The last couple of years have presented somewhat of a debacle for the cultural world and other industries. The first pandemic of this century has been called - “COVID 19”, “SARS CoV 2”- “a global pandemic”, “global karma”, “a human virus”, and many other unmentionable labels - the monikers are countless, but the damage has been universal and common throughout. One has lost and are continuing to lose. The arts have experienced extremely unfortunate disasters and yet… and yet here we are back on our feet proving that one is resilient trying to figure out avenues, “improvise” envisage new opportunities that may exist and continue to exist in the “new normal” amidst limited or sometimes no live concerts, limited museum visitorship, dwindling stage performances, movie shoots being on hold- the laundry list is countless. Inevitably the world has suffered, we have lost - emotionally, physically, economically, socially - the bond (the Rishta) between each is common across the board.
Undoubtedly the socio-economic impact on the arts has been incredibly disheartening with good reason. During any robust, financially stable economy in the world, the artists/ creative arts/arts often experience tremendous growth and receive adequate attention from the socio-political sector of that country. At the other end of the spectrum, one witnesses that during a weakened economy, the ability for the political sector to direct interest in the arts is equally weakened as the arts is essentially seen as a non -priority industry. And so it is that one observes within the new normal, the adapted arts business model globally with all arts professionals (me included) looking at a different art world - with suggestions that one has yet to see the entire length and breadth of damage that has transpired due to the pandemic over the next couple of years.
That said, recently a rather brilliant article by authors Ken Arnold and Danielle Olsen (Wellcome Trust) for the World Economic Forum reflected upon an unusually higher demand for the creative arts this last year owing primarily due to a general attitudinal change towards the arts and suggesting that a variety of creative therapy methods that have indeed alleviated emotional, mental pain via the use of musical, art, mental creative therapy.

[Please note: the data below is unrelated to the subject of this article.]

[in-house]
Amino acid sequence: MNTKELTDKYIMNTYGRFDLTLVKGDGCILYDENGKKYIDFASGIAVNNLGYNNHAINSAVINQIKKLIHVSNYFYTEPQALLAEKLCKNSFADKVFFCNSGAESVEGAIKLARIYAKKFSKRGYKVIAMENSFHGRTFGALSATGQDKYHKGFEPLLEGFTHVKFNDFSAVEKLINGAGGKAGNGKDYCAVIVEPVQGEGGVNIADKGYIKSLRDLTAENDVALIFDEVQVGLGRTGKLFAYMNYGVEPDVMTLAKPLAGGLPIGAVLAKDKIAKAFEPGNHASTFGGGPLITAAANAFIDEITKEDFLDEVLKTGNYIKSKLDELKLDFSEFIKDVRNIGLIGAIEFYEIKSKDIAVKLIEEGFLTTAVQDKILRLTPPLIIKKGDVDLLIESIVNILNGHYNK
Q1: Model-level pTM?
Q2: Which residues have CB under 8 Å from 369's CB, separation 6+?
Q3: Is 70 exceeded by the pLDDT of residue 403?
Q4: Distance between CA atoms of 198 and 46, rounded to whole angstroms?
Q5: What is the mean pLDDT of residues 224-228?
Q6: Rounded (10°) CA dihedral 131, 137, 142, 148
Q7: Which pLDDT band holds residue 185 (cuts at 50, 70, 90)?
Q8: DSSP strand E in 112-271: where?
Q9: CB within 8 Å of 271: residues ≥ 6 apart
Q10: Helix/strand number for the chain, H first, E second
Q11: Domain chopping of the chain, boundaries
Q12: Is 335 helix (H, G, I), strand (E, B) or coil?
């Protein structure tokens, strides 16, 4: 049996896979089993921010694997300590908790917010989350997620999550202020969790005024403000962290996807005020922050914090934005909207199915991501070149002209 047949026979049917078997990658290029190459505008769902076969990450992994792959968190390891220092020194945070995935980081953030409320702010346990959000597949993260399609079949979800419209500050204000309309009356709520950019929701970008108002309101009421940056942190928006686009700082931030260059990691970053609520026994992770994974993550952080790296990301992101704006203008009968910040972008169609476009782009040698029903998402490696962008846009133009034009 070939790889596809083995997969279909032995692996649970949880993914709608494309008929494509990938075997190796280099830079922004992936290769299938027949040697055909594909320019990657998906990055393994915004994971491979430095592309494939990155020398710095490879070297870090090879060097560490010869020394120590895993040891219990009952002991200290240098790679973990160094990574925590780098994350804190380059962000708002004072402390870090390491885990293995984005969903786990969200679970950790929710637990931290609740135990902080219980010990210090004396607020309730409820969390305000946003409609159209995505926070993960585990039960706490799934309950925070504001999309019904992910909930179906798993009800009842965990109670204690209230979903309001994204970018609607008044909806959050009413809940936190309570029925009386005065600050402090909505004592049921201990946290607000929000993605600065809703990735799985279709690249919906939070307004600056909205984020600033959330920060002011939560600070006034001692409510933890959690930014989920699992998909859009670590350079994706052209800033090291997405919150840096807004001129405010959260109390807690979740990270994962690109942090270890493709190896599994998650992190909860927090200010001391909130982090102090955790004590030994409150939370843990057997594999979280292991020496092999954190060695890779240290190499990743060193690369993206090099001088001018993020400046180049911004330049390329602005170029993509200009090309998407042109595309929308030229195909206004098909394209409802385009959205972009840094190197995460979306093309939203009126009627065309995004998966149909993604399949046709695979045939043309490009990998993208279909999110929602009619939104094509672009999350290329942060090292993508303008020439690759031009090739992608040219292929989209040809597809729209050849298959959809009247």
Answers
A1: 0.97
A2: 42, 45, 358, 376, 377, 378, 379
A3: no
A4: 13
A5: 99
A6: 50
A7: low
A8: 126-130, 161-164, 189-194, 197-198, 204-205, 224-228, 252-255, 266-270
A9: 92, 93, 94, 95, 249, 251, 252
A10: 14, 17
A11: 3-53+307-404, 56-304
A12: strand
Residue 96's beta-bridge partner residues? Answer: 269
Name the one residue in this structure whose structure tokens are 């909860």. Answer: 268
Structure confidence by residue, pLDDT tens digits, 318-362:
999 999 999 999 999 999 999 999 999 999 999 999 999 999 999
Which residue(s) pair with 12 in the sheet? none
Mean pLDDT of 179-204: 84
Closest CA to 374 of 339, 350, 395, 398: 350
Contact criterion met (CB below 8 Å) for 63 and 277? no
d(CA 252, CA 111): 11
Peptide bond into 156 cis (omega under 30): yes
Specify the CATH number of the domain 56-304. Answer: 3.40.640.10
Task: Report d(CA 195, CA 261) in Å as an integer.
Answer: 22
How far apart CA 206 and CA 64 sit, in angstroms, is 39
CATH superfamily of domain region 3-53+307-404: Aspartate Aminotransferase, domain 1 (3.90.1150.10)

Often referred to as Expressive Arts Therapy many psychologists concur those arts, music, dance play a significant role in addressing social, cultural, spiritual, and emotional issues. And so, one witnesses the parallel journey that science and the arts take on and how issues pertaining to mental health, emotional instability, unhappiness can often be resolved to a degree by creative therapy.
In circa 167 AD, Marcus Aurelius’ scripted The Meditations a 12-book compilation of his personal writings. Marcus Aurelius wrote, “The happiness of your life depends upon the quality of your thoughts” - while the quote is known to many and rings home for many, it is wondered how many of us practice the Art of Happiness? Many therapists believe prioritizing others over us does not necessarily deliver happy spirits. We need to nurture ourselves before nurturing and caring for others.
This website Onerishta attempts at doing just that within the realm of a digital platform. Given the strong bond between the arts and general emotional well-being whether it pertains to creative therapeutic approaches, or wellness or developing a stronger sense of being, it is one’s endeavor to deliver a virtual platform where we can collaborate between aspects of the mind body and soul and engage the viewer with stimulating musings, digital classes, podcasts on arts, music, food, travel and over time much more.
- Uma Parameswar